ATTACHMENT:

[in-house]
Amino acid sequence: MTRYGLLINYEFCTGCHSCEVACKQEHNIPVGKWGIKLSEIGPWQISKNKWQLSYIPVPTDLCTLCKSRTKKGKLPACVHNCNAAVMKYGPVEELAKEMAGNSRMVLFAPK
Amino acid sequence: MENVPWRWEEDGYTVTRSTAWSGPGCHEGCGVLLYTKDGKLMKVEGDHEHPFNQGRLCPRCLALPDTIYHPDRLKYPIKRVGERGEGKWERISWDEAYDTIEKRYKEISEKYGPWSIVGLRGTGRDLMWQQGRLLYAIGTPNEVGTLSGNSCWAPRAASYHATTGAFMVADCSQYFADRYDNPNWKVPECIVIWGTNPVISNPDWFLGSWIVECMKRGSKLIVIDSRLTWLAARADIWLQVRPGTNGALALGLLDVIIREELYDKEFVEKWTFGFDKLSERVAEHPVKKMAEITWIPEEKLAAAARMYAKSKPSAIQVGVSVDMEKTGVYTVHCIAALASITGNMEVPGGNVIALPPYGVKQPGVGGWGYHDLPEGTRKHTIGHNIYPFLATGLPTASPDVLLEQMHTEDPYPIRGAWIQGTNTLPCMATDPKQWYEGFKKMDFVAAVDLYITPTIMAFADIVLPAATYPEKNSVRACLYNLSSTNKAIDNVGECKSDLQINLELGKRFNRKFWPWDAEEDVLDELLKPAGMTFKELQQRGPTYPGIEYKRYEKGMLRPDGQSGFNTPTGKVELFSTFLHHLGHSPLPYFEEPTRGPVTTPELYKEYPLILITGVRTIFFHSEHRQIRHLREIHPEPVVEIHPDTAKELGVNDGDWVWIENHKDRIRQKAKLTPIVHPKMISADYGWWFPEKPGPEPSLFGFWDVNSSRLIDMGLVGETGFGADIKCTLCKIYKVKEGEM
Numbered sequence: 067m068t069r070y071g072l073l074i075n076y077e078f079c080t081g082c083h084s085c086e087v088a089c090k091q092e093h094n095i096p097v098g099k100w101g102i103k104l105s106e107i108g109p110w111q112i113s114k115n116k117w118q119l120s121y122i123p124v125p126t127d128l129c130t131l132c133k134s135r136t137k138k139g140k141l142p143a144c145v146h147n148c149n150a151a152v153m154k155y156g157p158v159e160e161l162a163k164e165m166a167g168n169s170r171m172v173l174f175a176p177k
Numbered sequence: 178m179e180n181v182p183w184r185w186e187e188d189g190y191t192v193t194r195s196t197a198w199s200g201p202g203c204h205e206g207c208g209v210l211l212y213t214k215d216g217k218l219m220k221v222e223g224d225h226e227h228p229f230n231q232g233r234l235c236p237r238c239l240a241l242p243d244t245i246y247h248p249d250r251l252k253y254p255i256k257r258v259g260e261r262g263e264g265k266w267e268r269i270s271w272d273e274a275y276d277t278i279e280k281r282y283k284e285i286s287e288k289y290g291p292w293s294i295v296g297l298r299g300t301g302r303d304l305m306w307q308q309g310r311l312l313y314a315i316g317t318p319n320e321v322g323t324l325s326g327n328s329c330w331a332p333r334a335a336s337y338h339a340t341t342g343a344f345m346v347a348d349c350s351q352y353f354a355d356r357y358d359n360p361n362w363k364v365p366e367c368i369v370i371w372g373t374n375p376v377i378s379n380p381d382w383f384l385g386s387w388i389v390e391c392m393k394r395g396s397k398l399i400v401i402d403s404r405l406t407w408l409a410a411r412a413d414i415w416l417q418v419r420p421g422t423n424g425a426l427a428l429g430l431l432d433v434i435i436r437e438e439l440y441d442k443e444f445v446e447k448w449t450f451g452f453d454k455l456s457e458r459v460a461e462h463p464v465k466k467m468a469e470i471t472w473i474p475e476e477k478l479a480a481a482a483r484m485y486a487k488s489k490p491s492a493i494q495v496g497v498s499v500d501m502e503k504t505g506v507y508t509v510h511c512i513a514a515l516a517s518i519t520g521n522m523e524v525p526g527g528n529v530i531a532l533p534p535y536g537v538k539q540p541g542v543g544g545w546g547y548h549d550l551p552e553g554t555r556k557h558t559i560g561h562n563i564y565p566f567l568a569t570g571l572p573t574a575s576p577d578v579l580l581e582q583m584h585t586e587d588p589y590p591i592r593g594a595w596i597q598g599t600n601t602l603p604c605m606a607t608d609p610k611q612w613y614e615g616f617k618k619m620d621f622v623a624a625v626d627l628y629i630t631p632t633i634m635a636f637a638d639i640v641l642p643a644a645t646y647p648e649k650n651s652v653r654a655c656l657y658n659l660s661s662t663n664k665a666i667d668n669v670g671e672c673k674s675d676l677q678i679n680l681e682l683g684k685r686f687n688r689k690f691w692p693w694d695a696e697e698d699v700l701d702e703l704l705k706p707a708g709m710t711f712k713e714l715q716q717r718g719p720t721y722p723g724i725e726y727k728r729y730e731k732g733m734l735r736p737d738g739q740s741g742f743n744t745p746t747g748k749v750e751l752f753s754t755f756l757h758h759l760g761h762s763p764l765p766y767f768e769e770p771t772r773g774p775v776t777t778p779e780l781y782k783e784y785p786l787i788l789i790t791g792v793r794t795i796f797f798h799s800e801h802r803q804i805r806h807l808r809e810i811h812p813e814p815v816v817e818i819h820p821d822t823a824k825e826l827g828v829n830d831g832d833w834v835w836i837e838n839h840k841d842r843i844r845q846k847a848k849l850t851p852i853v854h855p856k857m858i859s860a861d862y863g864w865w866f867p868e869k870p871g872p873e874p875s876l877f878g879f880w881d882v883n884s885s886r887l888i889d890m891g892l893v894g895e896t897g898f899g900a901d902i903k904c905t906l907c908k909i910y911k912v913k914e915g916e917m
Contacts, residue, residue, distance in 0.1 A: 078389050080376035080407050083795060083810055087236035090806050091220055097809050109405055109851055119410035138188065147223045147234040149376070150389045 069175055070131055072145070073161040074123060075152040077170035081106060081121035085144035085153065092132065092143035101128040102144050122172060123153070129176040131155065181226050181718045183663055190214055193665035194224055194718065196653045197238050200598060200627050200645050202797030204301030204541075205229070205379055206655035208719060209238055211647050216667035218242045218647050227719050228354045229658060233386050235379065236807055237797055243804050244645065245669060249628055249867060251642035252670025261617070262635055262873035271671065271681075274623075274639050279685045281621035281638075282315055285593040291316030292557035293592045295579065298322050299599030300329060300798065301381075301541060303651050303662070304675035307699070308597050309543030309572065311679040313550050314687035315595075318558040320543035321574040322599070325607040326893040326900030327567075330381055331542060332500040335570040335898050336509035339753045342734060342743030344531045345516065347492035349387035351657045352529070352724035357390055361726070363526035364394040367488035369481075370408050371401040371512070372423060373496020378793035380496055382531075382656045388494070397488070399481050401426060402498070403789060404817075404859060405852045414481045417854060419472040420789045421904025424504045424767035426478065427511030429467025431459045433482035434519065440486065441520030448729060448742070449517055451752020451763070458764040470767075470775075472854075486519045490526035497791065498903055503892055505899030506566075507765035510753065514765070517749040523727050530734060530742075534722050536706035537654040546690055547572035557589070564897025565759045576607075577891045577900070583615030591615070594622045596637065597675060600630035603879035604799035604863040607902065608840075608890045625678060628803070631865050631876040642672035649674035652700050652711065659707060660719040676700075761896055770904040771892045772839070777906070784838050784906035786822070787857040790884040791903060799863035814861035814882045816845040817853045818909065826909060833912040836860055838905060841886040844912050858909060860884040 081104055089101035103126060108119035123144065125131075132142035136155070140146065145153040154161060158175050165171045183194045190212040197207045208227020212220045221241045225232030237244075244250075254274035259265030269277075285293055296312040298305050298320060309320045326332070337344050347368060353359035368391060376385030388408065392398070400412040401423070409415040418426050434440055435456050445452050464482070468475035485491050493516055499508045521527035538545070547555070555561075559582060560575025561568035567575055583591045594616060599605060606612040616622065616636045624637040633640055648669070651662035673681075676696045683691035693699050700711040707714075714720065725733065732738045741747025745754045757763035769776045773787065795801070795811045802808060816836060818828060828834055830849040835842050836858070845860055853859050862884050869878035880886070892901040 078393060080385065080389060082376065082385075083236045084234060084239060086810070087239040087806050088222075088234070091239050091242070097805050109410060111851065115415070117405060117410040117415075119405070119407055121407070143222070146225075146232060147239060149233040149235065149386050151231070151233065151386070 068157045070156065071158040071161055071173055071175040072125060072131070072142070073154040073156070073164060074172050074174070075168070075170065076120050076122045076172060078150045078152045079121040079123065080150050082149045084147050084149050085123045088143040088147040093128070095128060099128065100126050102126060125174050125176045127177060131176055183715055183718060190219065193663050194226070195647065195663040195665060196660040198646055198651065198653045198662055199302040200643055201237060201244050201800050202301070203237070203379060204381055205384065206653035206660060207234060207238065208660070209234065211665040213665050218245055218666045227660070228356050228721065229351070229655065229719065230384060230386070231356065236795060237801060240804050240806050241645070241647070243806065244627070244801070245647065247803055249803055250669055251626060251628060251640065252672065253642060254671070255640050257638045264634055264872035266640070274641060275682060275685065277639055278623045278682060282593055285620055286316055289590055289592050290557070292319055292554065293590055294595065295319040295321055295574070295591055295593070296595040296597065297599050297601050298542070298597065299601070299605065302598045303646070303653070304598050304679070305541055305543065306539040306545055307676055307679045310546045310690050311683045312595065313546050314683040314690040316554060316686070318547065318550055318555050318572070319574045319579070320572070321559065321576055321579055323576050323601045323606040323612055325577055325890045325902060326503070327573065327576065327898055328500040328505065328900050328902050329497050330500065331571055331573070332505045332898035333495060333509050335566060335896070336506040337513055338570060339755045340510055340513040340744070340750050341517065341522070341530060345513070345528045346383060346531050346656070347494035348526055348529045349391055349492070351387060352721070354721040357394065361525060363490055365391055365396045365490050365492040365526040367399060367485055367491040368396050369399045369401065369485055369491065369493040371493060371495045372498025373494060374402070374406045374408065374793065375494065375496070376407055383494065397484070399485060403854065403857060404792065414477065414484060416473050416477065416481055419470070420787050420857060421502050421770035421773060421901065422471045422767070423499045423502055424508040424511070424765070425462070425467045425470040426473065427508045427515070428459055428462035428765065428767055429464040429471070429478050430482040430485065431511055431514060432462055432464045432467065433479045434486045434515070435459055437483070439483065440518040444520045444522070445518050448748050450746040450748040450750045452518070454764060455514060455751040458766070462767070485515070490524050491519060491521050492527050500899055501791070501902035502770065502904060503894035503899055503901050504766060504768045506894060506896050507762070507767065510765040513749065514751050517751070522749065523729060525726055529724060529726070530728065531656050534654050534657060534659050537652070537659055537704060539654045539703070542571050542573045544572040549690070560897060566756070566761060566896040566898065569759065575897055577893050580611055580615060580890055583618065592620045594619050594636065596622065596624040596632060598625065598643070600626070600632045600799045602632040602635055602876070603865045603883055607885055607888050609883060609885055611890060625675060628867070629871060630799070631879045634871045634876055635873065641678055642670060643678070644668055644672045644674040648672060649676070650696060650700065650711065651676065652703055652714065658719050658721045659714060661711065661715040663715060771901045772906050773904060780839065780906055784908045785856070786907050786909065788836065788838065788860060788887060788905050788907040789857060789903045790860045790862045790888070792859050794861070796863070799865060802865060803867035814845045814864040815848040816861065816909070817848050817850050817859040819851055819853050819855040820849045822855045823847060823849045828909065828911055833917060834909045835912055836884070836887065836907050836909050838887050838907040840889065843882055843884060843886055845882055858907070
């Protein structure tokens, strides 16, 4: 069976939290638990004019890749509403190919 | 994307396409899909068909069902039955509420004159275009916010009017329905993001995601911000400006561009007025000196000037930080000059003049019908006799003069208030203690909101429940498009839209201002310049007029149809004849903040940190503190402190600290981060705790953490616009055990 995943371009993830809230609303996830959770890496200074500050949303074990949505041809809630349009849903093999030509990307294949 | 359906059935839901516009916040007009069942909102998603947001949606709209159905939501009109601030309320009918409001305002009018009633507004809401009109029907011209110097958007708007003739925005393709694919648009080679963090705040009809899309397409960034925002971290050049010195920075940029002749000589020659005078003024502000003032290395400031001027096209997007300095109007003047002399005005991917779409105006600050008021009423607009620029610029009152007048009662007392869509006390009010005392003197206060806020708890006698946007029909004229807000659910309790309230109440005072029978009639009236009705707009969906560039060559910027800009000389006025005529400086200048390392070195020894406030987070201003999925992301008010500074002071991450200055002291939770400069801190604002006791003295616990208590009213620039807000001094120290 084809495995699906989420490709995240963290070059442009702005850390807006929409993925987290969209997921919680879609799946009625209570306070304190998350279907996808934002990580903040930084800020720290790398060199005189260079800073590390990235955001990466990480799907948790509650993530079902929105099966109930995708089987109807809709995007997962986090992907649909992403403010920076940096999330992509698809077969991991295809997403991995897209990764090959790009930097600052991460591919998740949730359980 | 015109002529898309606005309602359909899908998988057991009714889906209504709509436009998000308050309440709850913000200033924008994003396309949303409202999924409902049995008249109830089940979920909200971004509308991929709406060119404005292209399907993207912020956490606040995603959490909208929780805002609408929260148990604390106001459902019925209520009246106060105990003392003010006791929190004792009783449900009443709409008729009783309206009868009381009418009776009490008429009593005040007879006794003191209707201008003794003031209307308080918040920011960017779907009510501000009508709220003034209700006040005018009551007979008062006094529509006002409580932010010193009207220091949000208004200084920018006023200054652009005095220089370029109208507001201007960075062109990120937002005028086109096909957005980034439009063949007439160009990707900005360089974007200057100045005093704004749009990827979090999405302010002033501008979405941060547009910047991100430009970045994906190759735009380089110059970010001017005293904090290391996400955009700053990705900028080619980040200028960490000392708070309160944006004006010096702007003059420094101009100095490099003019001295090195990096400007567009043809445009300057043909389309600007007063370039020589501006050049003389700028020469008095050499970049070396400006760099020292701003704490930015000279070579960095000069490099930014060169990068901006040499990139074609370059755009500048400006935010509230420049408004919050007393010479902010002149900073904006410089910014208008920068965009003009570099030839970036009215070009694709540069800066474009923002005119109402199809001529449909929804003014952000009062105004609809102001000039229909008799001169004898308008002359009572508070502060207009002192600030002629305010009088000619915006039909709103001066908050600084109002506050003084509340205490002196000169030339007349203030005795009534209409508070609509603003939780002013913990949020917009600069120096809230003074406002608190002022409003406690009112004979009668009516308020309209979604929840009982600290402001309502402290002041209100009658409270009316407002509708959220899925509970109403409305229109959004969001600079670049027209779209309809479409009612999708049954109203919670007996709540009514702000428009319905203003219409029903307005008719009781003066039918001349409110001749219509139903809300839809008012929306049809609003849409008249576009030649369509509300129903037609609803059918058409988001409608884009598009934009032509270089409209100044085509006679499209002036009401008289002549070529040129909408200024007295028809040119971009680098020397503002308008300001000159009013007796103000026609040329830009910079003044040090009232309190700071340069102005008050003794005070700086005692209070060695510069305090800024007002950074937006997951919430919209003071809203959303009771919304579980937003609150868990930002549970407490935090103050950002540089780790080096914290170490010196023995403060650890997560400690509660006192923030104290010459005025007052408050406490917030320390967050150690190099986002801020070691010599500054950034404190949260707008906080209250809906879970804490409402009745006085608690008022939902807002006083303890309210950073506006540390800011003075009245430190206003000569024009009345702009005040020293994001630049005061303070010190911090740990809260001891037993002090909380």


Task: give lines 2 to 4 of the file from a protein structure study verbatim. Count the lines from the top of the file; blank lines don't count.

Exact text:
Amino acid sequence: MTRYGLLINYEFCTGCHSCEVACKQEHNIPVGKWGIKLSEIGPWQISKNKWQLSYIPVPTDLCTLCKSRTKKGKLPACVHNCNAAVMKYGPVEELAKEMAGNSRMVLFAPK
Amino acid sequence: MENVPWRWEEDGYTVTRSTAWSGPGCHEGCGVLLYTKDGKLMKVEGDHEHPFNQGRLCPRCLALPDTIYHPDRLKYPIKRVGERGEGKWERISWDEAYDTIEKRYKEISEKYGPWSIVGLRGTGRDLMWQQGRLLYAIGTPNEVGTLSGNSCWAPRAASYHATTGAFMVADCSQYFADRYDNPNWKVPECIVIWGTNPVISNPDWFLGSWIVECMKRGSKLIVIDSRLTWLAARADIWLQVRPGTNGALALGLLDVIIREELYDKEFVEKWTFGFDKLSERVAEHPVKKMAEITWIPEEKLAAAARMYAKSKPSAIQVGVSVDMEKTGVYTVHCIAALASITGNMEVPGGNVIALPPYGVKQPGVGGWGYHDLPEGTRKHTIGHNIYPFLATGLPTASPDVLLEQMHTEDPYPIRGAWIQGTNTLPCMATDPKQWYEGFKKMDFVAAVDLYITPTIMAFADIVLPAATYPEKNSVRACLYNLSSTNKAIDNVGECKSDLQINLELGKRFNRKFWPWDAEEDVLDELLKPAGMTFKELQQRGPTYPGIEYKRYEKGMLRPDGQSGFNTPTGKVELFSTFLHHLGHSPLPYFEEPTRGPVTTPELYKEYPLILITGVRTIFFHSEHRQIRHLREIHPEPVVEIHPDTAKELGVNDGDWVWIENHKDRIRQKAKLTPIVHPKMISADYGWWFPEKPGPEPSLFGFWDVNSSRLIDMGLVGETGFGADIKCTLCKIYKVKEGEM
Numbered sequence: 067m068t069r070y071g072l073l074i075n076y077e078f079c080t081g082c083h084s085c086e087v088a089c090k091q092e093h094n095i096p097v098g099k100w101g102i103k104l105s106e107i108g109p110w111q112i113s114k115n116k117w118q119l120s121y122i123p124v125p126t127d128l129c130t131l132c133k134s135r136t137k138k139g140k141l142p143a144c145v146h147n148c149n150a151a152v153m154k155y156g157p158v159e160e161l162a163k164e165m166a167g168n169s170r171m172v173l174f175a176p177k